Selective serotonin reuptake inhibitors and the serotonin receptor antagonist mirtazapine can be used to treat depression, while atypical antipsychotic drugs can be taken to manage psychosis and behavioural problems. Involvement with Huntington’s disease and other disease support groups and communities can also very helpful in managing the psychological effects of Huntington’s for both the affected individual and their family. There is a National Huntington’s Disease Association and also various State-based networks. Links to the State-based Huntington’s Disease Associations can be found on the National website. A website has also been established which specifically handles Juvenile Huntington’s.
Weight loss and eating difficulties due to swallowing difficulties and lack of other muscle coordination make management of nutrition important. Thickening agents can be added to liquids to make the fluids easier and safer to swallow and reduce the chance of fluids entering the lungs. If eating becomes too dangerous or uncomfortable, a feeding tube can be used.
In combination with adding thickening agents to liquids, nutrition can be managed by feeding individuals soups and purees of fruits, vegetables and meats. There are a number of recipe books available that are specifically tailored to individuals with feeding difficulties. For tips, guidelines regarding fluid and calorie requirements and recipe ideas for maintaining adequate nutrition in individuals with swallowing diffculties, visit the following website: http://www.gicare.com/Diets/Dysphagia.aspx.
Often the behavioural changes that occur in Huntington’s individuals are the most worrying for the patient and their families. These include lack of concentration, memory lapses, depression, mood swings and aggression. These behavioural changes together with the progressive loss of mobility and independence place a lot of pressure and stresses on the individual’s family. In the late stages of the disease, full-time nursing care is required. Most often the individual’s spouse provides the nursing care. The primary carers can often feel or become isolated due to having less contact with friends and society in general. Since people more peripheral to the disease do not understand the behavioural changes that occur in Huntington’s, the carer is often embarrassed or reluctant to socialise with their affected spouse. It is very important that the individuals responsible for care-giving receive breaks from their care-giving duties and manage the psychological burden the disease places on them. Tapping into support networks to ease the psychological burden and isolation, and specific equipment that can be used to ease the physical burden can help individuals cope with their care-giving role.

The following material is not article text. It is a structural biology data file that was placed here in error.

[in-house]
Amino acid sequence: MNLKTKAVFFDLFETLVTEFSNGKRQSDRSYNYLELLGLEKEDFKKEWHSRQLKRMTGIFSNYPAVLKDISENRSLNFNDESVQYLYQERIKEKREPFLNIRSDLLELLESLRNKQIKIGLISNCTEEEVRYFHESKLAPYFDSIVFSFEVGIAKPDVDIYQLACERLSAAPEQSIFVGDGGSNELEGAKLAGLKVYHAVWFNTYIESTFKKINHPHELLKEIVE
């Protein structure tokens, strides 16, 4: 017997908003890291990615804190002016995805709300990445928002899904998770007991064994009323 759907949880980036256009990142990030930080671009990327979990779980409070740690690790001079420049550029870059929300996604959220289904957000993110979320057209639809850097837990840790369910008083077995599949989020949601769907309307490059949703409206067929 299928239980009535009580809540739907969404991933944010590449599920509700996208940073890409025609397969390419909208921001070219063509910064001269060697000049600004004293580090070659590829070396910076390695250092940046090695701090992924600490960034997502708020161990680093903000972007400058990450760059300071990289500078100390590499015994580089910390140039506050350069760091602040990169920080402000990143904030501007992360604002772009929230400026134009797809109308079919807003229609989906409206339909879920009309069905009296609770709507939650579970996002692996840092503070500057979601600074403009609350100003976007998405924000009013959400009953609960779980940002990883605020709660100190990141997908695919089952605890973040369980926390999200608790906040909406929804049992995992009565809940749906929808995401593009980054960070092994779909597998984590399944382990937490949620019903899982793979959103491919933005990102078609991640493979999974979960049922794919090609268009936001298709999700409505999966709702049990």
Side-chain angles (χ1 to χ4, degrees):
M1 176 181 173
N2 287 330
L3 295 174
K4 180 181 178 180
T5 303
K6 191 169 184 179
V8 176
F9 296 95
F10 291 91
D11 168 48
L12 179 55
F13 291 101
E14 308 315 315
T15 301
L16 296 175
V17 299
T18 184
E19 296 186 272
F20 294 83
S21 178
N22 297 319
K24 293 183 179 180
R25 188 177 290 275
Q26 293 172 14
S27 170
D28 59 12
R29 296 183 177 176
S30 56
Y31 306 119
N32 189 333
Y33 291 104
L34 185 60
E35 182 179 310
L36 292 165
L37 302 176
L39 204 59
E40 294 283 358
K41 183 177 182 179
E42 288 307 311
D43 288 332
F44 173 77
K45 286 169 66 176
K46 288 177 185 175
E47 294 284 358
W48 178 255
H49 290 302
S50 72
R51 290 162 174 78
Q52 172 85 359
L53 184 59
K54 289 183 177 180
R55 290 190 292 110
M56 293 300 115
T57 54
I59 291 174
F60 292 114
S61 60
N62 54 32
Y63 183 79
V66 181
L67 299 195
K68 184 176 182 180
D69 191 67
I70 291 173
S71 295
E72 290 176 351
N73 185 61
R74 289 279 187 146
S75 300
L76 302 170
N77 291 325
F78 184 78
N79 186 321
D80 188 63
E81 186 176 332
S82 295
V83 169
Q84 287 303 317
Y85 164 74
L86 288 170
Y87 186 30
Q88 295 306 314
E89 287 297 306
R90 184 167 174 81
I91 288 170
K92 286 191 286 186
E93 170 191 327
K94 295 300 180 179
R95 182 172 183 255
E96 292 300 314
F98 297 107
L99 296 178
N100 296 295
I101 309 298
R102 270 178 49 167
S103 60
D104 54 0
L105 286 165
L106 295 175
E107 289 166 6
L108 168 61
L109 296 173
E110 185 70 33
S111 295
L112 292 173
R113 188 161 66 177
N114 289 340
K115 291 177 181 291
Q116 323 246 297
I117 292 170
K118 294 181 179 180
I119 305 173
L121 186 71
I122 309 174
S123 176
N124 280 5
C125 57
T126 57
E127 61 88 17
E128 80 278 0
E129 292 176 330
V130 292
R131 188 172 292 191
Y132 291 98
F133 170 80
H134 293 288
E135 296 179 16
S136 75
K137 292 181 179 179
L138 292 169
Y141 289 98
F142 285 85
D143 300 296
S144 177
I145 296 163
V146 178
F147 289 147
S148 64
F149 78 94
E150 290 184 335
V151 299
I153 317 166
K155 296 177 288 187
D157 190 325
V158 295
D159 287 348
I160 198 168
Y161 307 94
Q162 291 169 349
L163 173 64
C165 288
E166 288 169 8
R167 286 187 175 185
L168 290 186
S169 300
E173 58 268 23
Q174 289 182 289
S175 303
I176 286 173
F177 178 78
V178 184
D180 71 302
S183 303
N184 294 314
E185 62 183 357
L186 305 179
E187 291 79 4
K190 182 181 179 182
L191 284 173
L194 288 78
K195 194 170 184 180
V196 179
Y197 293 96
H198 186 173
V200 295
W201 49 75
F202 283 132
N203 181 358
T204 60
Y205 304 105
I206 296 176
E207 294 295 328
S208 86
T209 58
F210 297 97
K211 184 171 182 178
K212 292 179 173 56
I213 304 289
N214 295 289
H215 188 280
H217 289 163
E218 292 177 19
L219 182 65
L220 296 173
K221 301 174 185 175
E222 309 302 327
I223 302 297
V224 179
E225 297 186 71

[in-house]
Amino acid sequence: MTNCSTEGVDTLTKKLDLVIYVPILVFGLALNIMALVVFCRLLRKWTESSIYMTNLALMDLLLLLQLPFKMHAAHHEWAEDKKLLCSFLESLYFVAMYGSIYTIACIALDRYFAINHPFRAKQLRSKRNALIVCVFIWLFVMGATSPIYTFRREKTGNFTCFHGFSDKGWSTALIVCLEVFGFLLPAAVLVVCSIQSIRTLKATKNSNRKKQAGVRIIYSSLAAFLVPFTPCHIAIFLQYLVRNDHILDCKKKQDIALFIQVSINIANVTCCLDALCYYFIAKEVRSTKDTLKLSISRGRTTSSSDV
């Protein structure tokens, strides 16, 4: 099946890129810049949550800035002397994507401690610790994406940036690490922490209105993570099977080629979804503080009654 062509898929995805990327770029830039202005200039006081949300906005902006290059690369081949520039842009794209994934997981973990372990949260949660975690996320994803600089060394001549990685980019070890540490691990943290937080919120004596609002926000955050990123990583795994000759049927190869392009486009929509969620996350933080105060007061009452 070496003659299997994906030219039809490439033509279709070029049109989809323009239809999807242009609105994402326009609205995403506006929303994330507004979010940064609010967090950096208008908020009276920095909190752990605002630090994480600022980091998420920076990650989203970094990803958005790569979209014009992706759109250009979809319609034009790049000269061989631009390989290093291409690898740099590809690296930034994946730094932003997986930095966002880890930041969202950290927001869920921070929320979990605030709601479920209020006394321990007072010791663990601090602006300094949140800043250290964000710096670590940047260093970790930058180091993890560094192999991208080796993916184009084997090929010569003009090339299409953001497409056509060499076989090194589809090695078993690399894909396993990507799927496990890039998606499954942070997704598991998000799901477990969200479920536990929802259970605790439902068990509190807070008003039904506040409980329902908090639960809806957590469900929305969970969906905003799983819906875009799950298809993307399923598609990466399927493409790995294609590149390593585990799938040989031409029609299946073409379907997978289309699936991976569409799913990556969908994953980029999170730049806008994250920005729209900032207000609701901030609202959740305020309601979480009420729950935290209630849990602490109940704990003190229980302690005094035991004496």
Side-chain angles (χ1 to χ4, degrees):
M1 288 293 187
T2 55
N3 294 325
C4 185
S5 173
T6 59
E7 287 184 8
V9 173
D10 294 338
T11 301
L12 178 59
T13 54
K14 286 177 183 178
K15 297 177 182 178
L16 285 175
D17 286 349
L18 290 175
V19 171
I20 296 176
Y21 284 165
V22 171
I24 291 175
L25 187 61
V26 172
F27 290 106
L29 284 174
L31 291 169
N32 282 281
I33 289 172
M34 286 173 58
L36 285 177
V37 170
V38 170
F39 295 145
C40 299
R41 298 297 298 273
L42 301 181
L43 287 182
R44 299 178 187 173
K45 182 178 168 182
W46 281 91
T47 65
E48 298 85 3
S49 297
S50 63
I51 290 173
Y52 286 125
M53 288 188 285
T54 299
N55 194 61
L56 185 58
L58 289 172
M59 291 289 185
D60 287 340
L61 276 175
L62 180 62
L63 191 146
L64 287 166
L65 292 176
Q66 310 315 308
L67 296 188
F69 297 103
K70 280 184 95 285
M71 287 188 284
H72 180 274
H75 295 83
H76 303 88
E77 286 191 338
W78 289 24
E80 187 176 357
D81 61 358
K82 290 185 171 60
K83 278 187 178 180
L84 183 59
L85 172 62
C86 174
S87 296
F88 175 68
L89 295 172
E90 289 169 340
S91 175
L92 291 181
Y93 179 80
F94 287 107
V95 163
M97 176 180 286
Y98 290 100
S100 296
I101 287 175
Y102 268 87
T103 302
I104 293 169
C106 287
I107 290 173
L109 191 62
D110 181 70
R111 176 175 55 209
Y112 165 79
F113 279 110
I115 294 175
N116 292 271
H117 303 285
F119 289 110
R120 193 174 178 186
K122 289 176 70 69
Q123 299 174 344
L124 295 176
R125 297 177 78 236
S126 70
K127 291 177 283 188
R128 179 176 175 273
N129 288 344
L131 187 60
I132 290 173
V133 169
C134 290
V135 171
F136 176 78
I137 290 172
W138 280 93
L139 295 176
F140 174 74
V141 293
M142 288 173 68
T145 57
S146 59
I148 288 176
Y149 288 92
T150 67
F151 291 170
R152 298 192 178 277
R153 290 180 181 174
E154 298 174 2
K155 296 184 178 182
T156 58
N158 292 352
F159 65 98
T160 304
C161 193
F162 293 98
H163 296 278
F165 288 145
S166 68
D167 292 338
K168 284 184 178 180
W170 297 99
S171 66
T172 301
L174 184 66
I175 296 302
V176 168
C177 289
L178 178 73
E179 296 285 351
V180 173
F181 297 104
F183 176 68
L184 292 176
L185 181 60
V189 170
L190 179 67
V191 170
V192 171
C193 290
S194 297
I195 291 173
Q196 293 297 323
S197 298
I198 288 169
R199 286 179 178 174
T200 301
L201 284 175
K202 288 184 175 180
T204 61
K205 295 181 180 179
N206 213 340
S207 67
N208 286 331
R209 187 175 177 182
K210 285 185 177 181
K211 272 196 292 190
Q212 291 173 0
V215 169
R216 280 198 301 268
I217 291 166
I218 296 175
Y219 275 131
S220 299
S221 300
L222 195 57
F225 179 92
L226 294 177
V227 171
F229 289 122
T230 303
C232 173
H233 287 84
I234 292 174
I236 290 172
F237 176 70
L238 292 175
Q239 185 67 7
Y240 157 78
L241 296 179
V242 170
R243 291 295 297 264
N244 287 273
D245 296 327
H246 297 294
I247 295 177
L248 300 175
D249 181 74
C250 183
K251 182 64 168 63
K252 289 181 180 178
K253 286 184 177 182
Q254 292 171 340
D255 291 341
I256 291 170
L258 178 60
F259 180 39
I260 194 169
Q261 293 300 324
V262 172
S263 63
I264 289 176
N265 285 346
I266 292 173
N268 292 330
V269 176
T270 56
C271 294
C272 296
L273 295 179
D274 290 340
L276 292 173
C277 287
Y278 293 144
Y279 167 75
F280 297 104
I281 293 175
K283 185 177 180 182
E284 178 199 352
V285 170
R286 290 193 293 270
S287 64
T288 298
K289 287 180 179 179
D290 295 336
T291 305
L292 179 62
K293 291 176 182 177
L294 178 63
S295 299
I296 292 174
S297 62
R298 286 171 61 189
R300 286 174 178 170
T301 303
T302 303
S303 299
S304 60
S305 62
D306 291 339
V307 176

Physical and speech therapy
Huntington’s diseasePhysical and speech therapy can be very useful in the management of Huntington’s disease and has been shown to maintain cognitive and motor function. Physical therapy is particularly important in helping the patient to adjust to their reducing motor control and instability. These include making postural changes, balance transfer, preventing falls, learning how to use walking aids and other assistance devices.
Speech therapists can assist with maintaining breathing capacity and control of swallowing and eating muscles. These can all help to maintain quality of life.
Potential therapies for the future and getting involved with clinical trials
A number of compounds that have shown promise in animal studies and in pilot clinical trials are currently under investigation for the treatment of Huntington’s disease. To keep up to date with the latest developments with clinical trials, these websites might be useful:
* European Huntington’s Disease Network
* Huntington Study Group
* Huntington’s Disease Society of America
Gene therapies to reduce the amount of mutant huntingtin protein in the brain have shown great promise in the laboratory setting. However, it is likely to take sometime before clinical trials of gene therapies are underway.
Source: Neurological Rehabilitation and Movement Disorders.
1. Falush D, Almqvist EW, Brinkmann RR, Iwasa Y, Hayden MR. Measurement of mutational flow implies both a high new-mutation rate for Huntington disease and substantial underascertainment of late-onset cases. Am J Hum Genet. 2001;68(2):373-85.